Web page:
Collections are about storing objects and iterating over them. The
Collection interface is the root interface of this category. In fact, the
Collection interface extends the
Iterable interface, but this interface is not part of the Collections Framework.
A Map stores an object along with a key, which represents that object, just as a primary key represents an object in a database, if you are familiar with this concept. Sometimes you will hear that maps store key/value pairs, which exactly describes what a map does. The
Map interface is the root interface of this category.
There is no direct relationship between the interfaces of the
Collection hierarchy and the
Along with these collections and maps, you also need to know that you can find interfaces to model queues and stacks in the
Collection hierarchy. Queues and stacks are not really about iterating over collections of objects, but since they have been added to the
Collection hierarchy, it turns out you can do that with them.
There is one last hierarchy that you also need to know, which is the
Iterator hierarchy. An iterator is an object that can iterate over a collection of objects, and it is part of the Collections Framework.
That makes two main categories,
Map, a subcategory,
Queue, and a side category,
Avoiding Using Old Interfaces and Implementations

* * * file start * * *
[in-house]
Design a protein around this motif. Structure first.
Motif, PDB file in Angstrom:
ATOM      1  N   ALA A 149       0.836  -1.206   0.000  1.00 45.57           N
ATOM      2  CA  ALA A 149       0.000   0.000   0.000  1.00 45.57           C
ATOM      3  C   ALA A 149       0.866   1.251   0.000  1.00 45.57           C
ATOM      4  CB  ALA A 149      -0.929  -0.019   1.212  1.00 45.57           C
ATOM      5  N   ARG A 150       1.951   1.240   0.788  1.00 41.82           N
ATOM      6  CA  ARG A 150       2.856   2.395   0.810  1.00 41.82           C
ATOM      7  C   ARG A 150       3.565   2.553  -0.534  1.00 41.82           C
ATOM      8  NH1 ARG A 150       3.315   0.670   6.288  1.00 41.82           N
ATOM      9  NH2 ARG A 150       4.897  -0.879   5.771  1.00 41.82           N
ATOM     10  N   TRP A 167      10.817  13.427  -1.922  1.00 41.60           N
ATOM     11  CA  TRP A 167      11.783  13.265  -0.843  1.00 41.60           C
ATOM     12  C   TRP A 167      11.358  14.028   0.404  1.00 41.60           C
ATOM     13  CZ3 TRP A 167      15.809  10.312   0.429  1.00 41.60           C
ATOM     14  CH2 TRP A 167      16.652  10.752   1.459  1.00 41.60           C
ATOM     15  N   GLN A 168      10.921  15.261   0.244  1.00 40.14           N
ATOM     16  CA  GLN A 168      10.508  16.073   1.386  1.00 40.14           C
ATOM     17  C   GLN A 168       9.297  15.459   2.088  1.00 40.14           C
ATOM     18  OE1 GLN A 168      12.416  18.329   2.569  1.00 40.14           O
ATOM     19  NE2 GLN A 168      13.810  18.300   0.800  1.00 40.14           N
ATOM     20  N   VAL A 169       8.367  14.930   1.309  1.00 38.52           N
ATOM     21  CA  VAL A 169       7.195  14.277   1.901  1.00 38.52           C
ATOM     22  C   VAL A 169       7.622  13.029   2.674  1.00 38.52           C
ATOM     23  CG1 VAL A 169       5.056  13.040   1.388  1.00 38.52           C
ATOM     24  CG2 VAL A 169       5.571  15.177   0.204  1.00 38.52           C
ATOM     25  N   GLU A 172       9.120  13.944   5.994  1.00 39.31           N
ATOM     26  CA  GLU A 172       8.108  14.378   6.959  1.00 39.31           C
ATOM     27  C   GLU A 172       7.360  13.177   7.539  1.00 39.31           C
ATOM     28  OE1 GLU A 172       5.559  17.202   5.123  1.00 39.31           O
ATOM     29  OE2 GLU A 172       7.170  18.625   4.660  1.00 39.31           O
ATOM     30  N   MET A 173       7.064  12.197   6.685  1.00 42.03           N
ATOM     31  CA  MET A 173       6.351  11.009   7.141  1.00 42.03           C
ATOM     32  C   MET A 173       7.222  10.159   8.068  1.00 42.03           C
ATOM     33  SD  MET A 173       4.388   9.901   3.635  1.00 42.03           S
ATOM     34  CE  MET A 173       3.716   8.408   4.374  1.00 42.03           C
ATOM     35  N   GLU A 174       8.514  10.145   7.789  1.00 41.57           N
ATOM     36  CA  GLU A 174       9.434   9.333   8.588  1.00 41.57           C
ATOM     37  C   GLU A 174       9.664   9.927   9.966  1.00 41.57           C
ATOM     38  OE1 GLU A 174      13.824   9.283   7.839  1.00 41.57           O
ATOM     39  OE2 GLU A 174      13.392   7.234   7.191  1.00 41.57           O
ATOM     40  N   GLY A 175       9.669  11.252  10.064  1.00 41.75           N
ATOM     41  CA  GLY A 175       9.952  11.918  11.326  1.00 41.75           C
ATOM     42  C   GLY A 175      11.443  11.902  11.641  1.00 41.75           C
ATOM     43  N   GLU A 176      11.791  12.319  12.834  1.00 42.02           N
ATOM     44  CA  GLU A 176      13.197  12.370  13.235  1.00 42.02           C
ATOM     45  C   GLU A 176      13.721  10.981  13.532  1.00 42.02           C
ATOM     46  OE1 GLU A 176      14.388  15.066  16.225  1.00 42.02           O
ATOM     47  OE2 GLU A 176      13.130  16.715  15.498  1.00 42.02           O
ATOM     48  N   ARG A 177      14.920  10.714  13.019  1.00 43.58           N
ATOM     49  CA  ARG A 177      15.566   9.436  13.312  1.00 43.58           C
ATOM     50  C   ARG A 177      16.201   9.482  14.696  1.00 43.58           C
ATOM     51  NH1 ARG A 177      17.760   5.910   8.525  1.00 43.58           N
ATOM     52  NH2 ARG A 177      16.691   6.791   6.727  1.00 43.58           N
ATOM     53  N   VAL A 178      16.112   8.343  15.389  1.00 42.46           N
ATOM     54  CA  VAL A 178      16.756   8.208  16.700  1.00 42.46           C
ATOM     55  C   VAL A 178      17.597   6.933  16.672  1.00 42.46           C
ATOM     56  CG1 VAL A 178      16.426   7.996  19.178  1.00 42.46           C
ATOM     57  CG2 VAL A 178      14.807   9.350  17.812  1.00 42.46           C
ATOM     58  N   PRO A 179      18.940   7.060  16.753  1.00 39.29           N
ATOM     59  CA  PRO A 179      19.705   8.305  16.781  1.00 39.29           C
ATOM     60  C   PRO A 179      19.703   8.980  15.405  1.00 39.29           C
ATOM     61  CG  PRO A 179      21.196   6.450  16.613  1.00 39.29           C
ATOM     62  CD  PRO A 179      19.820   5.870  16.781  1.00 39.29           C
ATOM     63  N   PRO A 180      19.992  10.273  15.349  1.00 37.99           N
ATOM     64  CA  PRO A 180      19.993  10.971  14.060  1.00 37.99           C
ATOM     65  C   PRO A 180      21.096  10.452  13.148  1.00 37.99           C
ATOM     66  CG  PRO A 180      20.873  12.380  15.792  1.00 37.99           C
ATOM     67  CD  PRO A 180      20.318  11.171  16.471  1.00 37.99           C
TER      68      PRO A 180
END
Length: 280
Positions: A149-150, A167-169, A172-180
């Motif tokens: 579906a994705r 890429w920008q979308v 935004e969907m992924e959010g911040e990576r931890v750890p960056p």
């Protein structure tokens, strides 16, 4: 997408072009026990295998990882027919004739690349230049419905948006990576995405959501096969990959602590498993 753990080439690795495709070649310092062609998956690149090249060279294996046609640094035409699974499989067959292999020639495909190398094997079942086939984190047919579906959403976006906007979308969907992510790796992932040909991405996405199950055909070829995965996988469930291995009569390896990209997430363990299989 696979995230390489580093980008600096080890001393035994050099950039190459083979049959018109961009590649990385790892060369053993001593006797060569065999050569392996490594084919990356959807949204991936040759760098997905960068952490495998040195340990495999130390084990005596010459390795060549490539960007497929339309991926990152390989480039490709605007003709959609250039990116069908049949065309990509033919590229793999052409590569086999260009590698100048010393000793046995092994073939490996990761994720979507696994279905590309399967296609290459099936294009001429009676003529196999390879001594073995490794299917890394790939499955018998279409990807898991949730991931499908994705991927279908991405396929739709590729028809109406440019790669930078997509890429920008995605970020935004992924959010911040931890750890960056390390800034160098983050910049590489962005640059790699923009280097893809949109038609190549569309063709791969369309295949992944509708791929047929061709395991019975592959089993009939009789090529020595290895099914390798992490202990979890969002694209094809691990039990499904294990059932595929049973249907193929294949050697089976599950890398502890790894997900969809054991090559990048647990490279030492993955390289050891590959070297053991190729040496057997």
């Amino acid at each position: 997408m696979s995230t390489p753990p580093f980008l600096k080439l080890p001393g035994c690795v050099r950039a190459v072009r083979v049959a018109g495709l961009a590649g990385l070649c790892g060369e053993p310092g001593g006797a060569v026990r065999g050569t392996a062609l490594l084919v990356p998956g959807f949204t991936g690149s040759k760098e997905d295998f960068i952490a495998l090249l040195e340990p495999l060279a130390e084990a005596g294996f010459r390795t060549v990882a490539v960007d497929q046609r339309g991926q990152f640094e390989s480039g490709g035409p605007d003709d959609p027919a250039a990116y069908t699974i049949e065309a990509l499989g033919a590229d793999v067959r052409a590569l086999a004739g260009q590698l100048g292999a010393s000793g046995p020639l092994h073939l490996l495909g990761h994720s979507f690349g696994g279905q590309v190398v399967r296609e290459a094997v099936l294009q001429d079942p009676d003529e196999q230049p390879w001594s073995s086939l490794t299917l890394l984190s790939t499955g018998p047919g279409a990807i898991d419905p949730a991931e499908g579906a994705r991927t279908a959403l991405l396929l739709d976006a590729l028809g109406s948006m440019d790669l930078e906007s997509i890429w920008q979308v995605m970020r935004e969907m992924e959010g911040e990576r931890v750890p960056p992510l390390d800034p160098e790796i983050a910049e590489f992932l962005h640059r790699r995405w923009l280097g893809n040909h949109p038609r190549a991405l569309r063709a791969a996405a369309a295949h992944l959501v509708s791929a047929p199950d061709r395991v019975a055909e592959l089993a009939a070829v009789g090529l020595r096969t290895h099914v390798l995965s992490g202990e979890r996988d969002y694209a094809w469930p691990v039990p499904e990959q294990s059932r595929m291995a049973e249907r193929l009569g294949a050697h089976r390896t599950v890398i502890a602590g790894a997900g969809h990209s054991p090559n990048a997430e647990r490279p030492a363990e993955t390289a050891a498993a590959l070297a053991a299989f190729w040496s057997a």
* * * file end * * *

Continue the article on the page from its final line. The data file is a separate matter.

The Collections Framework was only introduced in Java 2, meaning that there was a life before it. This life consisted in several classes and interfaces that are still in the JDK, to preserve backward compatibility, but that you should not use anymore in your applications.
Those classes and interfaces are the following:
Vectorclass has been retrofitted to implement the
Listinterface. If you are using a vector in a non-concurrent environment, then you can safely replace it with
Vectorand should be replaced by
ArrayDequein non-concurrent environments.
Vectorclass uses the
Enumerationinterface to model its iterator. This interface should not be used anymore: the preferred interface is now the
HashTable: This class has been retrofitted to implement the
Mapinterface. If you are using instances of this class in a non-concurrent environment, then you can safely replace its use with
HashMap. In a concurrent environment,
ConcurrentHashMapcan be used as a replacement.
Why Choose a Collection Over an Array?
You may be wondering why you should bother learn the Collection Frameworks when you may have the feeling that putting your data in a good old array does the job.
The fact is, in any case, if you have a solution that is simple, that you master well, and that fits your needs, then you should definitely stick with it!
What can a collection do for you, that an array cannot?
- A collection tracks the number of elements it contains
- The capacity of a collection is not limited: you can add (almost) any amount of elements in a collection
- A collection can control what elements you may store in it. For instance, you can prevent null elements to be added
- A collection can be queried for the presence of a given element
- A collection provides operations like intersecting or merging with another collection.
This is just a small sample of what a collection can do for you. In fact, since a collection is an object and given that an object is extensible, you can add any operation you need on most of the collections provided by the JDK. It is not possible to do this with an array, because an array is not an object in Java.
Last update: September 14, 2021